Much has been written about the risks of generative AI. In this article, we talk with Dr. Graham Taylor, Canada Research Chair in Machine Learning at the University of Guelph and Canada CIFAR AI Chair and Research Director at the Vector Institute for Artificial Intelligence, about the potential benefits of generative AI and how it might change the way humans and machines collaborate.
The views expressed in this article are those of the interviewee and do not necessarily reflect the position of RBC or Borealis AI.
Is generative AI hype or revolution?
There’s no doubt these are exciting times in terms of AI capabilities research. And I understand why there is so much hype around all of this. I think the excitement we are seeing today is really driven by two things: usability and accessibility. In releasing ChatGPT, OpenAI has really made the user interface very smooth and easy to use. And they have allowed the world to access these models in very different ways.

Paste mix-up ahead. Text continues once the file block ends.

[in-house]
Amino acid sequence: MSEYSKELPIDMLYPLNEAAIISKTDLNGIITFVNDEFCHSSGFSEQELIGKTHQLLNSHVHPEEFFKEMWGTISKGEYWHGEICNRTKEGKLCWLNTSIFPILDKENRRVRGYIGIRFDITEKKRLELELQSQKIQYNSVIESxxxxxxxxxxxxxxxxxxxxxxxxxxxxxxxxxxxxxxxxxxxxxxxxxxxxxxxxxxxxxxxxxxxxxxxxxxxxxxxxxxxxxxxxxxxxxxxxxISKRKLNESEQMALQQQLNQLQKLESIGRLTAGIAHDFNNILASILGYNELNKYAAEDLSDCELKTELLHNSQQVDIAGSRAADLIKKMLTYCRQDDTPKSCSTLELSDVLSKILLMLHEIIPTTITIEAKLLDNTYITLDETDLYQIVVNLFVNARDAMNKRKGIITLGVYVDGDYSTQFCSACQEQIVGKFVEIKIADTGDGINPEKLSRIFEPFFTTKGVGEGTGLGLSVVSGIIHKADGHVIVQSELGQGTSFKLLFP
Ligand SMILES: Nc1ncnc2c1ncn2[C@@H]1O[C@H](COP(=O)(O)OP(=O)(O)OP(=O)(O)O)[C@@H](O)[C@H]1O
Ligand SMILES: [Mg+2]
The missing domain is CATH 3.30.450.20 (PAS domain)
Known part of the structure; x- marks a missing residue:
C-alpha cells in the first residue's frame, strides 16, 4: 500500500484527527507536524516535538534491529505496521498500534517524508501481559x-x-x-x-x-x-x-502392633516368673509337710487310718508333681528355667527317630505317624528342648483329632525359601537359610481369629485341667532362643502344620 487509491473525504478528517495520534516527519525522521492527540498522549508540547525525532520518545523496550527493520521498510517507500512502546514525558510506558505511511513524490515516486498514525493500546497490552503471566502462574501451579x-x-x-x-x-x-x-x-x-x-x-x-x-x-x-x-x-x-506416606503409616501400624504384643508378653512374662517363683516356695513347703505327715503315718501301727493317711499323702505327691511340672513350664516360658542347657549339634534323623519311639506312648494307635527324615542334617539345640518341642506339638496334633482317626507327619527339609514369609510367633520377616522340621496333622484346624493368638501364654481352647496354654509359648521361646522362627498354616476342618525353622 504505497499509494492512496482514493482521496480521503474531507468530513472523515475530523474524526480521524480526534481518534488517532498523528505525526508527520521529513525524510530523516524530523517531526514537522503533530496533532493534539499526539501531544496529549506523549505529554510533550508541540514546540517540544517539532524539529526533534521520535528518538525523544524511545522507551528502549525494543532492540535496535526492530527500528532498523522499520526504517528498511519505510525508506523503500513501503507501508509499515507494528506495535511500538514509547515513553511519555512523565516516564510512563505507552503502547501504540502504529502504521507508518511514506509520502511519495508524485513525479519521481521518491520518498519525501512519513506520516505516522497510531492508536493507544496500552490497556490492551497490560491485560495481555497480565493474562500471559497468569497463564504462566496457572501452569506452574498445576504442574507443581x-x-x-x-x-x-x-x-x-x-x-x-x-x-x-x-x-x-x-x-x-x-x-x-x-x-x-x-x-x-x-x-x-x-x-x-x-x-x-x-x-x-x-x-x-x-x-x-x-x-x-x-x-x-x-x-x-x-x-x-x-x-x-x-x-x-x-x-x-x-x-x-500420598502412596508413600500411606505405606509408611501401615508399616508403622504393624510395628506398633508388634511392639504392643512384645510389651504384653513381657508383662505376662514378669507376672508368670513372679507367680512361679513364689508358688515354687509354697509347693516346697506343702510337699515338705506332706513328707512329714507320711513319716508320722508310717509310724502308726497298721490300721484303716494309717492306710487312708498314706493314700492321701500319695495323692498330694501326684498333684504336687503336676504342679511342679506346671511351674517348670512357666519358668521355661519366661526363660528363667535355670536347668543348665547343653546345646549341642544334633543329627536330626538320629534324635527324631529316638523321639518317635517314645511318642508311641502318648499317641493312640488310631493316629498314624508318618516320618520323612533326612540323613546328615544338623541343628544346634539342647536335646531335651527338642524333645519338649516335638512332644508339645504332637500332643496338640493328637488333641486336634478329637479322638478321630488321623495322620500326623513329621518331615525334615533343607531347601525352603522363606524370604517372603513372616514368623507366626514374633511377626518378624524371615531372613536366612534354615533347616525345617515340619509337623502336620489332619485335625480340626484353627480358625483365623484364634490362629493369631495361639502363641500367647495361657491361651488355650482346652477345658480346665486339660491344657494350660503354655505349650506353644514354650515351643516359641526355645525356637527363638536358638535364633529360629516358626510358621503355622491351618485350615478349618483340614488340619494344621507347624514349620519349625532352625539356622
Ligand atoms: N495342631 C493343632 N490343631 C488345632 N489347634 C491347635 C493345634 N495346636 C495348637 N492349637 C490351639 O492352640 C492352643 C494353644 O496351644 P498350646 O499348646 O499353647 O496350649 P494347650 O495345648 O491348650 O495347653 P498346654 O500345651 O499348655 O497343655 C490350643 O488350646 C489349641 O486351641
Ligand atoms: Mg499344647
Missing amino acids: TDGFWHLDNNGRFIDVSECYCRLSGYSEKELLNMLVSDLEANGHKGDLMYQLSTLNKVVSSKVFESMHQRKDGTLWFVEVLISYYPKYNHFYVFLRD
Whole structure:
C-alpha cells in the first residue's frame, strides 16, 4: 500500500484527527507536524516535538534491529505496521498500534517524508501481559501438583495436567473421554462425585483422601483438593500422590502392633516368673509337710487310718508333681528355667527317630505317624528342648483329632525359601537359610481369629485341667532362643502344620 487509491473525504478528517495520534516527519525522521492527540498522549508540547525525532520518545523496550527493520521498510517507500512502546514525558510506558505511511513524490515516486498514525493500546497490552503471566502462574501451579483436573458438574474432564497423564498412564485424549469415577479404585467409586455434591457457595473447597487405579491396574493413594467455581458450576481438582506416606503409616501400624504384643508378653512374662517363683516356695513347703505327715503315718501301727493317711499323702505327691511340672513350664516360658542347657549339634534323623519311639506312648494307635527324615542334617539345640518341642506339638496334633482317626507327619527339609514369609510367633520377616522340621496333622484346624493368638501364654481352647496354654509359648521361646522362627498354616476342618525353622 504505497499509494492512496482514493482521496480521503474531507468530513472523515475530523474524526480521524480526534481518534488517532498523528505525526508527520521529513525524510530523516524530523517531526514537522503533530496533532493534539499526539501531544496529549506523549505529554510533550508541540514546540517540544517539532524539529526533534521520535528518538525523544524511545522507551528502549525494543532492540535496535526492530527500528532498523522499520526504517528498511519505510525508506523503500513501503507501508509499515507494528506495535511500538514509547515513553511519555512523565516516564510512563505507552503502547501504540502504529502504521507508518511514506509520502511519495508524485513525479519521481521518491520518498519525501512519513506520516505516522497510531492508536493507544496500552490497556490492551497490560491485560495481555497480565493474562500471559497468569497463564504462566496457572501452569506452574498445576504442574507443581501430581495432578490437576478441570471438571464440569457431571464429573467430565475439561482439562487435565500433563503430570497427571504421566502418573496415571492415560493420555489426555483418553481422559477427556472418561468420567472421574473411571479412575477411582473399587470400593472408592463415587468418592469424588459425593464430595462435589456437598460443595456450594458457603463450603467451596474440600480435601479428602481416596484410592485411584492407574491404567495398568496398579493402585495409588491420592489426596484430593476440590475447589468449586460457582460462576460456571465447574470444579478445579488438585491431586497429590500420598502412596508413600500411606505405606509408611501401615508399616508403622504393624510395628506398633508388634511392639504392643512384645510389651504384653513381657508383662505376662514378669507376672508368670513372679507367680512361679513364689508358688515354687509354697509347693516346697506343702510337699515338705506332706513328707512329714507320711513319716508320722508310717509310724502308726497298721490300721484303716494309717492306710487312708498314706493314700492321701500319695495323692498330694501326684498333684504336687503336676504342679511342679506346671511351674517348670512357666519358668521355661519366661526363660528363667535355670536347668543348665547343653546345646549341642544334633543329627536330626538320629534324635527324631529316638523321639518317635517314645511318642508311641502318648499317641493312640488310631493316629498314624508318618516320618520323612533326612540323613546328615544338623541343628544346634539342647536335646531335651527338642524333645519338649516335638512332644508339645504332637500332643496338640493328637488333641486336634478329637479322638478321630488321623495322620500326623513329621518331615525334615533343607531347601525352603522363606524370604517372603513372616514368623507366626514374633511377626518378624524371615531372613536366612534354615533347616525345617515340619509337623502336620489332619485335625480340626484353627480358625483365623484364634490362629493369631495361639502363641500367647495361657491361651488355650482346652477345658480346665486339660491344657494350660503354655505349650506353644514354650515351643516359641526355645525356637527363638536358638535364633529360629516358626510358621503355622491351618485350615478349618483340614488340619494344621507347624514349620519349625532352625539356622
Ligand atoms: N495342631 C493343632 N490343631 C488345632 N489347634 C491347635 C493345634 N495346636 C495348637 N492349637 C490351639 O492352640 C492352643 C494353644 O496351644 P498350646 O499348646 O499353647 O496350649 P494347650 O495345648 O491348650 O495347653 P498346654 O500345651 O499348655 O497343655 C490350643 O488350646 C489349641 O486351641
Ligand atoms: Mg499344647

Fundamentally, though, I’m not sure we can call it a technological revolution rather than a sociological revolution. The scaling of these models is truly impressive. But it reminds me of when we took 1980s and 1990s technologies like convolutional neural nets and recurrent neural nets and scaled them up after the release of ImageNet about 10 years ago.
We hear a lot about the risks of generative AI. What are some of the potential benefits?
I’m personally very excited about design problems where researchers currently focus on a narrow search space and then iterate over a few potential designs. I think generative AI is going to vastly widen the search spaces we can consider. And I think that will quickly lead to more physical realizations of generative design in areas like medicines and materials discovery.